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Publication numberUS6307985 B1
Publication typeGrant
Application numberUS 09/348,838
Publication dateOct 23, 2001
Filing dateJul 8, 1999
Priority dateJul 10, 1998
Fee statusPaid
Also published asCA2277409A1, CA2277409C, DE69929869D1, DE69929869T2, EP0971495A2, EP0971495A3, EP0971495B1
Publication number09348838, 348838, US 6307985 B1, US 6307985B1, US-B1-6307985, US6307985 B1, US6307985B1
InventorsMakoto Murakami, Hideki Maeda, Takamasa Imai
Original AssigneeMicro Therapeutics, Inc.
Export CitationBiBTeX, EndNote, RefMan
External Links: USPTO, USPTO Assignment, Espacenet
Optical transmission system
US 6307985 B1
Abstract
It is the objective of the present invention to resolve the limitations on transmission capacity and distance in a system by means of a simple design, through the provision of a means for restraining the deterioration in transmission characteristics that is the result of accumulation over the entire system of third order dispersion in the optical fiber. In the present invention, there is provided an optical fiber transmission path in which positive dispersion fibers 40,46,52, and 54 and negative dispersion fibers 42,48 (referred to as optical fibers hereinafter), which have at least second and third order dispersion of mutually opposite signs, are combined. In addition, the optical fiber is disposed so that the average third order dispersion value on the transmission path overall is reduced, and so the length of each optical fiber is sufficiently smaller than the square root of the product of the second order dispersion length, which is determined from the second order dispersion value of the optical fiber and the pulse width of the signal, and the non-linear length, which is determined from the average power of the signal within the optical fiber and the optical fiber nonlinear coefficient.
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Claims(10)
What is claimed:
1. An optical transmission system characterized in
the provision of an optical fiber transmission path in which optical fibers which have at least second and third order dispersion of mutually opposite signs are combined, and in that
the optical fibers are disposed so that the average third order dispersion value on the transmission path overall is reduced, and so the length of each optical fiber is sufficiently smaller than the square root of the product of the second order dispersion length, which is determined from the second order dispersion value of the optical fiber and the pulse width of the signal, and the non-linear length, which is determined from the average power of the signal within the optical fiber and the optical fiber nonlinear coefficient.
2. An optical transmission system according to claim 1, characterized in that
the average second order dispersion value on the optical fiber transmission path maintains a finite value in an interval of a distance which is sufficiently longer than the coherence length and the walk-off length, which are determined from the average second order dispersion value, the signal pulse width and the wavelength interval between each signal in a signal of multiplexed wavelengths, and in that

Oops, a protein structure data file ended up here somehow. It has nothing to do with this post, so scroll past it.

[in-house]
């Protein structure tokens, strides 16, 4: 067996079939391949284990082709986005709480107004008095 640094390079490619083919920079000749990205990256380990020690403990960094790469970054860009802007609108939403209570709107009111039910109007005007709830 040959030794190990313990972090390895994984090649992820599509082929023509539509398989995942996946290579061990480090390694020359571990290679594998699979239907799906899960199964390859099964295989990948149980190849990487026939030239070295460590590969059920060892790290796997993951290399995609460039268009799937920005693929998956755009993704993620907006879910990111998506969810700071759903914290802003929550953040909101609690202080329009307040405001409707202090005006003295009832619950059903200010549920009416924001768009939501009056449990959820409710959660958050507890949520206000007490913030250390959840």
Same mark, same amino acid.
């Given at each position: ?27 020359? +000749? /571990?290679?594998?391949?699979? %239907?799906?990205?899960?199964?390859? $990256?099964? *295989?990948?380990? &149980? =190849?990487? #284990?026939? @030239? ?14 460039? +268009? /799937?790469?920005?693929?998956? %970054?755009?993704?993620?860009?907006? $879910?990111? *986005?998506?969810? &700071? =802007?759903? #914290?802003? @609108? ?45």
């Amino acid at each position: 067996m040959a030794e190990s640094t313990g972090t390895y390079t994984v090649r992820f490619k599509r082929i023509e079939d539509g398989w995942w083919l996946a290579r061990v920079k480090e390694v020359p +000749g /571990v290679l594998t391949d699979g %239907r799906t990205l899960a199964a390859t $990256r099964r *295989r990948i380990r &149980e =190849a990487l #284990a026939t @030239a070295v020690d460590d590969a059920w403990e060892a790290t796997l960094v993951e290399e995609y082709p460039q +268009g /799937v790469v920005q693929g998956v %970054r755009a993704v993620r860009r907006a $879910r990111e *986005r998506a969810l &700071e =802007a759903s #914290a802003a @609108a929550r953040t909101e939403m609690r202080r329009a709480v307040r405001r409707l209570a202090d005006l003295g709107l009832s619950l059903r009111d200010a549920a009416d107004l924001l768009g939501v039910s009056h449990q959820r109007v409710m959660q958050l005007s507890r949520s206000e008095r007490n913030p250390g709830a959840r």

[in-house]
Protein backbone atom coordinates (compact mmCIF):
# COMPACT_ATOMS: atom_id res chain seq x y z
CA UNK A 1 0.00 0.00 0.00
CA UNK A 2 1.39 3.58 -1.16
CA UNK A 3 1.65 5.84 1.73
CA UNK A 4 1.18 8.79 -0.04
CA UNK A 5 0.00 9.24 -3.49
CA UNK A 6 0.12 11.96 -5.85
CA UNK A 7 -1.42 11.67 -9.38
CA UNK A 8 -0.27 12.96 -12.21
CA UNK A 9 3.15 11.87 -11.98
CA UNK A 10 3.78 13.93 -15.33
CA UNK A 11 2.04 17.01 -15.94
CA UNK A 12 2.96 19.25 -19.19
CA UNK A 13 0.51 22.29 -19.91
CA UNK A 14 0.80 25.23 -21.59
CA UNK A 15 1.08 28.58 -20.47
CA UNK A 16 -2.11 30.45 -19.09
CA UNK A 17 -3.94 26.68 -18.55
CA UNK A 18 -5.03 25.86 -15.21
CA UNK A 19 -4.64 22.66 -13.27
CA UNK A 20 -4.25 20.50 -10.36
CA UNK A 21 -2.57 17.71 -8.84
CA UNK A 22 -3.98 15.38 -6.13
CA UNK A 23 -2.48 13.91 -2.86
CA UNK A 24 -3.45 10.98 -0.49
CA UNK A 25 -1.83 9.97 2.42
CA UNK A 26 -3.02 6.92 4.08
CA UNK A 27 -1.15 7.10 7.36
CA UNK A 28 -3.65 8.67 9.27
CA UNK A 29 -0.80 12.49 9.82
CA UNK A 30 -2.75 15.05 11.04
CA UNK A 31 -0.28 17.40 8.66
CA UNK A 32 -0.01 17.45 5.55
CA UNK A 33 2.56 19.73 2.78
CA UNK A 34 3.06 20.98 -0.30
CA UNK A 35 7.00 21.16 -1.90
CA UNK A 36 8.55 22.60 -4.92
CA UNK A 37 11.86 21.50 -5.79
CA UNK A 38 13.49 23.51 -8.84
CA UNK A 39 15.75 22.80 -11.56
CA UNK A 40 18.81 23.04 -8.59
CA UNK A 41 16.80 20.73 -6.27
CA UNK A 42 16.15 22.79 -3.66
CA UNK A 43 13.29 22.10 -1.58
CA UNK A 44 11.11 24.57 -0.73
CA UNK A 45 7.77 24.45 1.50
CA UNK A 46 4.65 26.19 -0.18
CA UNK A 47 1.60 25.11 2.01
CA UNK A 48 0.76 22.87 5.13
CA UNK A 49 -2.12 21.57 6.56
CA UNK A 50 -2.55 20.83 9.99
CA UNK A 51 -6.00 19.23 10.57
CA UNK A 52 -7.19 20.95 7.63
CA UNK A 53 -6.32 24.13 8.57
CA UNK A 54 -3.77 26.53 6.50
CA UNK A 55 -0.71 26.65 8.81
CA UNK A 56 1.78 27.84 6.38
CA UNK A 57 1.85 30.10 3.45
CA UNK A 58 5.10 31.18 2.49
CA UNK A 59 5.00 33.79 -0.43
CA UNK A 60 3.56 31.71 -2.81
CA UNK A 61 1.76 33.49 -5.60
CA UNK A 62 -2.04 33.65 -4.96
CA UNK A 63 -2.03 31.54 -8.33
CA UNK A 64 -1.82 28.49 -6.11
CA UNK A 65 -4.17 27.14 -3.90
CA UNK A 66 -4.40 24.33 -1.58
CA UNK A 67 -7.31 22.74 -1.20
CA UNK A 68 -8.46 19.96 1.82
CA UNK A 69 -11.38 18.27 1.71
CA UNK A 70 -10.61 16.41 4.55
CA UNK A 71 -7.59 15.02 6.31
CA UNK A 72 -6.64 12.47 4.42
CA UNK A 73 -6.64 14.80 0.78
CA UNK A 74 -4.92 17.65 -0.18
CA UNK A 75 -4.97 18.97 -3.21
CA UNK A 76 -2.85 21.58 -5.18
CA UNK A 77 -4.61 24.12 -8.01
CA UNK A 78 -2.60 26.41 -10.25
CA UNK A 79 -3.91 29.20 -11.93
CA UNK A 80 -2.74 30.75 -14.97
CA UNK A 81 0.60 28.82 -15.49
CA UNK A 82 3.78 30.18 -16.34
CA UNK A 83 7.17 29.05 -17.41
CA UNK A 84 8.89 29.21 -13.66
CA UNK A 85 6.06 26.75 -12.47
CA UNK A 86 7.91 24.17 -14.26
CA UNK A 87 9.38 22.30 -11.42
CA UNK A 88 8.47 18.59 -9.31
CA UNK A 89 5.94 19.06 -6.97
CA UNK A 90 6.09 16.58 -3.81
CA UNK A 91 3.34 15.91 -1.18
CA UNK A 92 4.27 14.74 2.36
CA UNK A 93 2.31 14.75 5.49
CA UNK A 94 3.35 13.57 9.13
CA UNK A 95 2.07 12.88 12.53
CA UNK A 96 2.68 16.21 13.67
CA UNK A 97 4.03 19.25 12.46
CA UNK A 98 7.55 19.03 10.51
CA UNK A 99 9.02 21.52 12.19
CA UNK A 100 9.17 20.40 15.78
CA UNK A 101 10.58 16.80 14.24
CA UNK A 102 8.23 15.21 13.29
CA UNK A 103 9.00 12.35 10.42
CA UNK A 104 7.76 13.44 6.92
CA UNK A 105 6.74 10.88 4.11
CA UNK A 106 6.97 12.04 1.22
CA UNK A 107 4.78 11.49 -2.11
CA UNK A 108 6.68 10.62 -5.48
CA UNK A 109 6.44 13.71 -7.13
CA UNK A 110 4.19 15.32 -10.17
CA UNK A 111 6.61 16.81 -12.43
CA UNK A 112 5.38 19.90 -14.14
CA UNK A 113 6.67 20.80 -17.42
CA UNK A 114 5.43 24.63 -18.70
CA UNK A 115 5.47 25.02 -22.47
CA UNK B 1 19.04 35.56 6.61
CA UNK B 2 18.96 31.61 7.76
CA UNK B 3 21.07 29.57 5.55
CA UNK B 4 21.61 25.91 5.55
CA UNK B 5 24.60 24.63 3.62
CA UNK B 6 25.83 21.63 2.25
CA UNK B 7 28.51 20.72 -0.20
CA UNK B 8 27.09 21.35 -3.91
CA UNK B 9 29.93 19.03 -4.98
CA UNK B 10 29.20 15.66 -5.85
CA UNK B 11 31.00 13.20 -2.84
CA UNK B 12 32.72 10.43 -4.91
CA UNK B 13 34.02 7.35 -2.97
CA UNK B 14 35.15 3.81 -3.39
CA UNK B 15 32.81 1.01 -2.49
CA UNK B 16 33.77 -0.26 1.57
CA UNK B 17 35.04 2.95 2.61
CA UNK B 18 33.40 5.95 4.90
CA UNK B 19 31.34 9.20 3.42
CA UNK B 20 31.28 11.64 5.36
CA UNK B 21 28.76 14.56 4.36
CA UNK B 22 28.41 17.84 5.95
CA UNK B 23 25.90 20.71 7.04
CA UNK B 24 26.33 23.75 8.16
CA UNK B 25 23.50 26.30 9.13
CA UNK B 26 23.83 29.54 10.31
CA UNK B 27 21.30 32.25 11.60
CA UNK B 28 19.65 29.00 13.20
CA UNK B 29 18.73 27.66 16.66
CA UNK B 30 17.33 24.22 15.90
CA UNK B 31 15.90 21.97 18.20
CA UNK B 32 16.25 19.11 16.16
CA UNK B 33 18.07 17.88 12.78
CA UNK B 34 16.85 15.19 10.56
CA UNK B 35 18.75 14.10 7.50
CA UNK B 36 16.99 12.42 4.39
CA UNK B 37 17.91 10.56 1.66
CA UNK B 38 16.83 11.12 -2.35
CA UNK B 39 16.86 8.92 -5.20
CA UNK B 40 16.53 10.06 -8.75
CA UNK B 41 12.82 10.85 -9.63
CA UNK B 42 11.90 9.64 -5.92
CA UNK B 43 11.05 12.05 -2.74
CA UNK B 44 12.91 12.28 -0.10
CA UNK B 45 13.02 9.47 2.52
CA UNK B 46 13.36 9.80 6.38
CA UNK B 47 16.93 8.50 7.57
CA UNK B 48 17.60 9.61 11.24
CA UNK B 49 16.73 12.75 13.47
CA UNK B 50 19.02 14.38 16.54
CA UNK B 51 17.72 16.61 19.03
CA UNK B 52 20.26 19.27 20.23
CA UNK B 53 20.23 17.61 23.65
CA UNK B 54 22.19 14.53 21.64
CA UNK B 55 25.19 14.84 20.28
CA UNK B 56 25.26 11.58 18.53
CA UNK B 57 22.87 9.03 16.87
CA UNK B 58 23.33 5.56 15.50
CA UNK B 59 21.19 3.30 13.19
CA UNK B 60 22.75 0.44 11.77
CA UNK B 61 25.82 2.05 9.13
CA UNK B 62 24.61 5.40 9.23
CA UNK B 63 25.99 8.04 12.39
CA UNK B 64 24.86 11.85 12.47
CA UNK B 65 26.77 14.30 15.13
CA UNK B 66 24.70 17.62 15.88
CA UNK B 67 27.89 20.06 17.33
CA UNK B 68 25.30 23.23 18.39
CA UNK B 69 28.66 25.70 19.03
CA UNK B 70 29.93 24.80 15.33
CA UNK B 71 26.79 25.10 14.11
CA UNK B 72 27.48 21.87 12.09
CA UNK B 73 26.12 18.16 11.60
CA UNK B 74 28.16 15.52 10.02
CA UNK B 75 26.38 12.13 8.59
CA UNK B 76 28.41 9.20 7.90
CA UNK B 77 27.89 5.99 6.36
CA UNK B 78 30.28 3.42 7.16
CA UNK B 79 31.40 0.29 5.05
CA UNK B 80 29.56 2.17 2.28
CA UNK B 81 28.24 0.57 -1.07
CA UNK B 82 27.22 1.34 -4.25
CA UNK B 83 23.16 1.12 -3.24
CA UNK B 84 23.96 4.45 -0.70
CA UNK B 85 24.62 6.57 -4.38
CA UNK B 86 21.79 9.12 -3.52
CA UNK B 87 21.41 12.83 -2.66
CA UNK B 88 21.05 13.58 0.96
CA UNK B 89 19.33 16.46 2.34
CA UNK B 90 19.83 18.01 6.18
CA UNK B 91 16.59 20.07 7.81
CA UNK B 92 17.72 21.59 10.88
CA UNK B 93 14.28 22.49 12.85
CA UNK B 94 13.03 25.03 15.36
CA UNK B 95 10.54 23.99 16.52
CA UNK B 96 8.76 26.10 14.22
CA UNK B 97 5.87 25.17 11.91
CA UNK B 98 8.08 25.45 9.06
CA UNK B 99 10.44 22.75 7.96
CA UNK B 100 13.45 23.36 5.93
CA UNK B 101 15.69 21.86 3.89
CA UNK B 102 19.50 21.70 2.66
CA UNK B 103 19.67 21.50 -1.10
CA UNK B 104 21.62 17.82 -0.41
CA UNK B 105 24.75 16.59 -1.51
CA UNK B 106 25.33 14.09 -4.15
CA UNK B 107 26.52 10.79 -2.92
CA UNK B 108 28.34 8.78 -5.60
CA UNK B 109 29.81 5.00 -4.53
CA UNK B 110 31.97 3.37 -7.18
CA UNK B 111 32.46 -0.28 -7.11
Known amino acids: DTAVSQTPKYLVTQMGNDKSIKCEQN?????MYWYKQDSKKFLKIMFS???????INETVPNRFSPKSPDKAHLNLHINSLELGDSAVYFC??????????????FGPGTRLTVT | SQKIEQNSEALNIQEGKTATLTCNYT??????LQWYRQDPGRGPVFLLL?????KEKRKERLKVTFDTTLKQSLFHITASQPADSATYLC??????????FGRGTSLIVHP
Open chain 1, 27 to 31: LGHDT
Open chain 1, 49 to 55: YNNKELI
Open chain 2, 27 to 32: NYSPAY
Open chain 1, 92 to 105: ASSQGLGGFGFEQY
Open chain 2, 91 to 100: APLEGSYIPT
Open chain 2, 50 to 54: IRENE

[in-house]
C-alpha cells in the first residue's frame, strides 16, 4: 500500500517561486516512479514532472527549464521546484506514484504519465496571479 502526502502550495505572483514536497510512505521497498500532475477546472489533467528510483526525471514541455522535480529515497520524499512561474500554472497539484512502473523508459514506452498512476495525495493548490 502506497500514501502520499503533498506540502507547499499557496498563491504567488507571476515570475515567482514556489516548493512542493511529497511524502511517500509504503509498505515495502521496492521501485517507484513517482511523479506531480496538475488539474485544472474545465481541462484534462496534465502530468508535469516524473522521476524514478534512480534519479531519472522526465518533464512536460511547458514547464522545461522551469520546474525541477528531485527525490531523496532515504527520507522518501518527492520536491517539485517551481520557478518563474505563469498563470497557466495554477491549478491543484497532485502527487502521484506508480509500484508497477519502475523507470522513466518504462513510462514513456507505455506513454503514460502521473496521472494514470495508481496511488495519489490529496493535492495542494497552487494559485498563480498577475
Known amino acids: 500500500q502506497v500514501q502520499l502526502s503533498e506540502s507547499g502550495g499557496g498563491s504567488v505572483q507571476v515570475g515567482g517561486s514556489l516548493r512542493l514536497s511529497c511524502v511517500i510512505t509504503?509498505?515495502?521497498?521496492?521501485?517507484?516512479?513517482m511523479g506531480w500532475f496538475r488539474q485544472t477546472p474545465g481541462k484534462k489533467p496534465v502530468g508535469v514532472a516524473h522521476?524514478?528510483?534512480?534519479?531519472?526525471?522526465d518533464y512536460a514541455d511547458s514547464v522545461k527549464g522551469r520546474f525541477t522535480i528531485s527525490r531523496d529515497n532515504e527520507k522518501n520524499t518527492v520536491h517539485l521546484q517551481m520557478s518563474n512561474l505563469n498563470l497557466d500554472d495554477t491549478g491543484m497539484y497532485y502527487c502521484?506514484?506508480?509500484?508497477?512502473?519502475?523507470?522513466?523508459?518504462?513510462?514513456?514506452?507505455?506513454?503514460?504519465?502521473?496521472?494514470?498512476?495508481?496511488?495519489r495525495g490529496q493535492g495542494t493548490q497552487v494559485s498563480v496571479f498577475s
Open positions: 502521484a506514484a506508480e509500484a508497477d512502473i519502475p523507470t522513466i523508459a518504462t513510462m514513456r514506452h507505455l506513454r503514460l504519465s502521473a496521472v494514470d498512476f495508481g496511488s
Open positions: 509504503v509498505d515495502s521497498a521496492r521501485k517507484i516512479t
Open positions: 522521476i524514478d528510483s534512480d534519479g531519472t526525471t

the optical fiber is disposed so that the average second order dispersion value becomes zero in the interval which is smaller than the square root of the product of the second order dispersion length determined by the second order dispersion value and the signal pulse width, and the non-linear length which is determined from the average power of the signal within the optical fiber and the nonlinear coefficient of the optical fiber.
3. An optical transmission system according to claim 2, characterized in the provision of an optical amplifier which operates as an optical repeater, and in that, in the combination of optical fibers, an optical fiber with a small nonlinear coefficient is disposed to the output side of the optical amplifier.
4. An optical transmission system according to claim 1, characterized in the provision of an optical amplifier which operates as an optical repeater, and in that, in the combination of optical fibers, an optical fiber with a small nonlinear coefficient is disposed to the output side of the optical amplifier.
5. An optical transmission system according to claim 4, characterized in that the length of the optical fiber having positive sign second and third order dispersion, and the length of the optical fiber having the negative sign second and third order dispersion are equal.
6. An optical transmission system according to claim 1, characterized in that the length of the optical fiber having positive sign second and third order dispersion, and the length of the optical fiber having the negative sign second and third order dispersion are equal.
7. An optical transmission system according to claim 6, characterized in that the transmission path has forward and reverse lines, and is provided with a common interval in which the second order dispersion value with respect to the forward line and the reverse line is compensated for to be zero.
8. An optical transmission system according to claim 1, characterized in that the transmission path has forward and reverse lines, and is provided with a common interval in which the second order dispersion value with respect to the forward line and the reverse line is compensated for to be zero.